WU professor nominated for national poetry award

| Staff Reporter

English professor Carl Phillips is nominated for the National Book Award for Poetry.

English professor Carl Phillips is nominated for the National Book Award for Poetry.

Professor Carl Phillips has been named a finalist for the National Book Award in poetry for his most recent book, “Double Shadow: Poems.”

This is his fourth time being nominated for the award.

“Double Shadow: Poems” is Phillips’ 11th published collection of poetry. He was also nominated for his books “Speak Low: Poems,” “The Rest of Love: Poems” and “From the Devotions: Poems” in 2009, 2004 and 1998 respectively.

Although this is not his first nomination, Phillips said he continues to find the recognition flattering.

“Whether you win or not, it’s a nice trip to New York and they certainly take it very seriously,” he said. “In the past, when I’ve been nominated, I’ve always met some really interesting people.”

Phillips, a professor of English in the College of Arts & Sciences, said his book is really a continuation of his previous work, with the most recent book being the latest chapter.

“The book is about the differences between taking chances and being afraid to take chances,” Phillips said.

Phillips said that while he has written about the same theme for a long time, his latest book is different from the others in terms of the structure of the poems.

“The poems are very different in their shape—they’re a lot shorter and more spare,” he said.

Phillips advises that his students not be afraid to take risks. He thinks that they too often come into college with a set plan for their lives that excludes the possibility of risk.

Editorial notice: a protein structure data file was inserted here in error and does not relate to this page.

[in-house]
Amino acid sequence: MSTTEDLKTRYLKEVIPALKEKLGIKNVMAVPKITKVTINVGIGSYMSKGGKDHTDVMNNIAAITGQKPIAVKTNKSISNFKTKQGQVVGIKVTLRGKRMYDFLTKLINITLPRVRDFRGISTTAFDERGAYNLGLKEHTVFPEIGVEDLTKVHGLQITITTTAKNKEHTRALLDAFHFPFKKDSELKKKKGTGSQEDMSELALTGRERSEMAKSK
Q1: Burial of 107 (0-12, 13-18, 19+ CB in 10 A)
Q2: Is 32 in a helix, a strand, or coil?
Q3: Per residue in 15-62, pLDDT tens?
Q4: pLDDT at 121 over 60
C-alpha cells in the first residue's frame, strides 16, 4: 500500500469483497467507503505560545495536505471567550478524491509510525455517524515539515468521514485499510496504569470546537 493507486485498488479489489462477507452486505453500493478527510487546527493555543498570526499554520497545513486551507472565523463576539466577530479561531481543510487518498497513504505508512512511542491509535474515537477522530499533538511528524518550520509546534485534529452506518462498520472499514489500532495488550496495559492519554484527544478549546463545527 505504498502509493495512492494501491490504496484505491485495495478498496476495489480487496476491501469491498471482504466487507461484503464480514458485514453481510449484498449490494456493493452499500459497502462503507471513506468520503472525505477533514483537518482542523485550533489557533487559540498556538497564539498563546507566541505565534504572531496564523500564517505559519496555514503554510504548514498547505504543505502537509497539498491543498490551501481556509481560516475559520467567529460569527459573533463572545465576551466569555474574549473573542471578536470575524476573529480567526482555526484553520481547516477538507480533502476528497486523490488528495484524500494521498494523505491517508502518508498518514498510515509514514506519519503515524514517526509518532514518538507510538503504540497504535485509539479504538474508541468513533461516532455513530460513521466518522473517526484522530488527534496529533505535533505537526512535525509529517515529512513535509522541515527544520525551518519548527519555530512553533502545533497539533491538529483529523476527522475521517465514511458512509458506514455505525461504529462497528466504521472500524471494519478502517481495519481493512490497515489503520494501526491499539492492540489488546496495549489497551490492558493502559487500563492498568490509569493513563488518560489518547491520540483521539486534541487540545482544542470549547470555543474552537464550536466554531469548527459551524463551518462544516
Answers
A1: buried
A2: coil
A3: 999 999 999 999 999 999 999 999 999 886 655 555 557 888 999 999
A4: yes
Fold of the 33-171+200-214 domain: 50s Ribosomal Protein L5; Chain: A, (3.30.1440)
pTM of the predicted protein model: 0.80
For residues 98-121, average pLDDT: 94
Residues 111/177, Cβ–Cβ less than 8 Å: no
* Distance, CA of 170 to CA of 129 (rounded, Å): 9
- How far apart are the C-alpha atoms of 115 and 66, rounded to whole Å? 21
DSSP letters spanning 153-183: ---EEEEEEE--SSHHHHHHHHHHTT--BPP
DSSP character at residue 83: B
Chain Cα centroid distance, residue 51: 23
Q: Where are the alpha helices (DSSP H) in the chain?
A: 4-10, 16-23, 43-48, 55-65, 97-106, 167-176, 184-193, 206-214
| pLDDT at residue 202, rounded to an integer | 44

“You go to college and you have this plan of your major and how you think your life will be in the future, but so many things come up that are unexpected,” he said. “Writers are people who take chances and who go out there and live a little unexpectedly. It scares them but in the end they seem grateful.”

Vincent Sherry, professor and English department chair, said much about the quality of the Washington University writing department.

“The consistency of the recognition of his work is clear,” Sherry said. “It’s significant for our creative program, which is very highly ranked, now eighth or ninth in the country, and recognitions like this are a big part of that.”

Phillips is one of the University’s three tenure-stream professors in the writing program, which is considerably small compared to other universities’ programs.

“It’s really quite extraordinary that we’ve attained this ranking—some places will have 15 professors, and we’ve done it with three,” Sherry said.

Sherry credits this success to the “consistency of excellency” that the professors in the program exemplify. In addition to Phillips, the writing program features award-winning poet Mary Jo Bang.

Sherry added that the rising rank of the writing program and the continued recognition of its professors have led the English department to consider creating a writing concentration for English majors, the logical next step in the development of the program.

Phillips said he will not linger on the recognition provided by his nomination, but continue to focus on his current projects.

“As much as it’s nice to be nominated, I think the most important thing is to write the next poem,” he said. “That’s much more important than prizes and winning and losing and all that.”

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